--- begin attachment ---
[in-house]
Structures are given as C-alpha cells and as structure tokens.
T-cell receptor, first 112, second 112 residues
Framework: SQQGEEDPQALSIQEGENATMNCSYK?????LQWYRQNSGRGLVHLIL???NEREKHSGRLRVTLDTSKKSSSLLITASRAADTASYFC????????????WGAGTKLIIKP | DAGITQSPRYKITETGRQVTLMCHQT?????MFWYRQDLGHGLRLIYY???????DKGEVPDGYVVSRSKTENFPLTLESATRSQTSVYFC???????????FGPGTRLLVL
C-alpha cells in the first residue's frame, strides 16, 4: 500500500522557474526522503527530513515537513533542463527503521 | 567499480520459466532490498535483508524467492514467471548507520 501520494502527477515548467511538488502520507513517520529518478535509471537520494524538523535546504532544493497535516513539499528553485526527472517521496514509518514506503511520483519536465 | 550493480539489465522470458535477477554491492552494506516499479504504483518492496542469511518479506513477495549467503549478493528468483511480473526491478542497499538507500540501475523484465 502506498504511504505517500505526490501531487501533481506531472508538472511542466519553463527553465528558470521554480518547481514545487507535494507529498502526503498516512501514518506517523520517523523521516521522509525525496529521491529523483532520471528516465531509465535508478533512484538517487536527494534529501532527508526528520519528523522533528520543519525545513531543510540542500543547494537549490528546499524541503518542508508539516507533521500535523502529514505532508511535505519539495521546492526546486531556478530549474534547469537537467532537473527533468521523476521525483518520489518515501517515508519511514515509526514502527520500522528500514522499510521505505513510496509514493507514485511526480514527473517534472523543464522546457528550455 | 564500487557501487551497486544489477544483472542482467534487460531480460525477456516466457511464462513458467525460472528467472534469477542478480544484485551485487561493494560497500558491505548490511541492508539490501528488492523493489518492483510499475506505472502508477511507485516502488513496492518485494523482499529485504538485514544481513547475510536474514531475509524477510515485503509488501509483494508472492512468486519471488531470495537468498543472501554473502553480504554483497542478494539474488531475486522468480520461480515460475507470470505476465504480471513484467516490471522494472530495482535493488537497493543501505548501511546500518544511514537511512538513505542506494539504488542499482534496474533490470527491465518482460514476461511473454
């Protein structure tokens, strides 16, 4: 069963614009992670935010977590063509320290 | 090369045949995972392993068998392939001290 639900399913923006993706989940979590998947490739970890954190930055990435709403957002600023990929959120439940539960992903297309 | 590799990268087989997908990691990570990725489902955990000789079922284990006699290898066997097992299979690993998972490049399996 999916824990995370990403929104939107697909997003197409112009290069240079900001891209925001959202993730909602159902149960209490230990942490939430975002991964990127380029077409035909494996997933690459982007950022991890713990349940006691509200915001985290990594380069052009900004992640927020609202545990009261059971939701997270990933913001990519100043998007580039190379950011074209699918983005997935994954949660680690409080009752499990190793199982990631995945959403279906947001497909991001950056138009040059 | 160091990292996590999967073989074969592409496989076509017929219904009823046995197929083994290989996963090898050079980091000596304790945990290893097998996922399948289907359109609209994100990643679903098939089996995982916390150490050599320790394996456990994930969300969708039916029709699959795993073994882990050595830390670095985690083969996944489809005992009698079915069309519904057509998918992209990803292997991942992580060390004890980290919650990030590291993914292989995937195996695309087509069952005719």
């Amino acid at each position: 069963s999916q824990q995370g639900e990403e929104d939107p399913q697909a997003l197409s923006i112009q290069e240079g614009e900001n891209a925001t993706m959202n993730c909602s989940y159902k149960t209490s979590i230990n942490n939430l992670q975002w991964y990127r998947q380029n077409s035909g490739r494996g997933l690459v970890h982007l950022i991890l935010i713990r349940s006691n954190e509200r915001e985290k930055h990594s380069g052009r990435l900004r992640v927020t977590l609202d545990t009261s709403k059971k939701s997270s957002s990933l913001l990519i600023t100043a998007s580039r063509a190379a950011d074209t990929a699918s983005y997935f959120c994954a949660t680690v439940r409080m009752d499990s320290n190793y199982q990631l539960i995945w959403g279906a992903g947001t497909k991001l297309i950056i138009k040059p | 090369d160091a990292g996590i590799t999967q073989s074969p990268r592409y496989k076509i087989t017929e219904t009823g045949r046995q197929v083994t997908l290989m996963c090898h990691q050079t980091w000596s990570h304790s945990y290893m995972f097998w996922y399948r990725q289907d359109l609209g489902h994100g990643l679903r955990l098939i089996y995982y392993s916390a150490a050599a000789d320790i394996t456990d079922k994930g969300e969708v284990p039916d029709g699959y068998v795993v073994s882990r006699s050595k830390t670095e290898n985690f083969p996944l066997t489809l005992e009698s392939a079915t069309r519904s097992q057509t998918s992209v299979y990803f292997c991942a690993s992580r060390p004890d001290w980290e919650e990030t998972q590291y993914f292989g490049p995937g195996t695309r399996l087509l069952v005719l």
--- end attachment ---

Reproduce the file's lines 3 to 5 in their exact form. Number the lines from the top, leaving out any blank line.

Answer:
T-cell receptor, first 112, second 112 residues
Framework: SQQGEEDPQALSIQEGENATMNCSYK?????LQWYRQNSGRGLVHLIL???NEREKHSGRLRVTLDTSKKSSSLLITASRAADTASYFC????????????WGAGTKLIIKP | DAGITQSPRYKITETGRQVTLMCHQT?????MFWYRQDLGHGLRLIYY???????DKGEVPDGYVVSRSKTENFPLTLESATRSQTSVYFC???????????FGPGTRLLVL
C-alpha cells in the first residue's frame, strides 16, 4: 500500500522557474526522503527530513515537513533542463527503521 | 567499480520459466532490498535483508524467492514467471548507520 501520494502527477515548467511538488502520507513517520529518478535509471537520494524538523535546504532544493497535516513539499528553485526527472517521496514509518514506503511520483519536465 | 550493480539489465522470458535477477554491492552494506516499479504504483518492496542469511518479506513477495549467503549478493528468483511480473526491478542497499538507500540501475523484465 502506498504511504505517500505526490501531487501533481506531472508538472511542466519553463527553465528558470521554480518547481514545487507535494507529498502526503498516512501514518506517523520517523523521516521522509525525496529521491529523483532520471528516465531509465535508478533512484538517487536527494534529501532527508526528520519528523522533528520543519525545513531543510540542500543547494537549490528546499524541503518542508508539516507533521500535523502529514505532508511535505519539495521546492526546486531556478530549474534547469537537467532537473527533468521523476521525483518520489518515501517515508519511514515509526514502527520500522528500514522499510521505505513510496509514493507514485511526480514527473517534472523543464522546457528550455 | 564500487557501487551497486544489477544483472542482467534487460531480460525477456516466457511464462513458467525460472528467472534469477542478480544484485551485487561493494560497500558491505548490511541492508539490501528488492523493489518492483510499475506505472502508477511507485516502488513496492518485494523482499529485504538485514544481513547475510536474514531475509524477510515485503509488501509483494508472492512468486519471488531470495537468498543472501554473502553480504554483497542478494539474488531475486522468480520461480515460475507470470505476465504480471513484467516490471522494472530495482535493488537497493543501505548501511546500518544511514537511512538513505542506494539504488542499482534496474533490470527491465518482460514476461511473454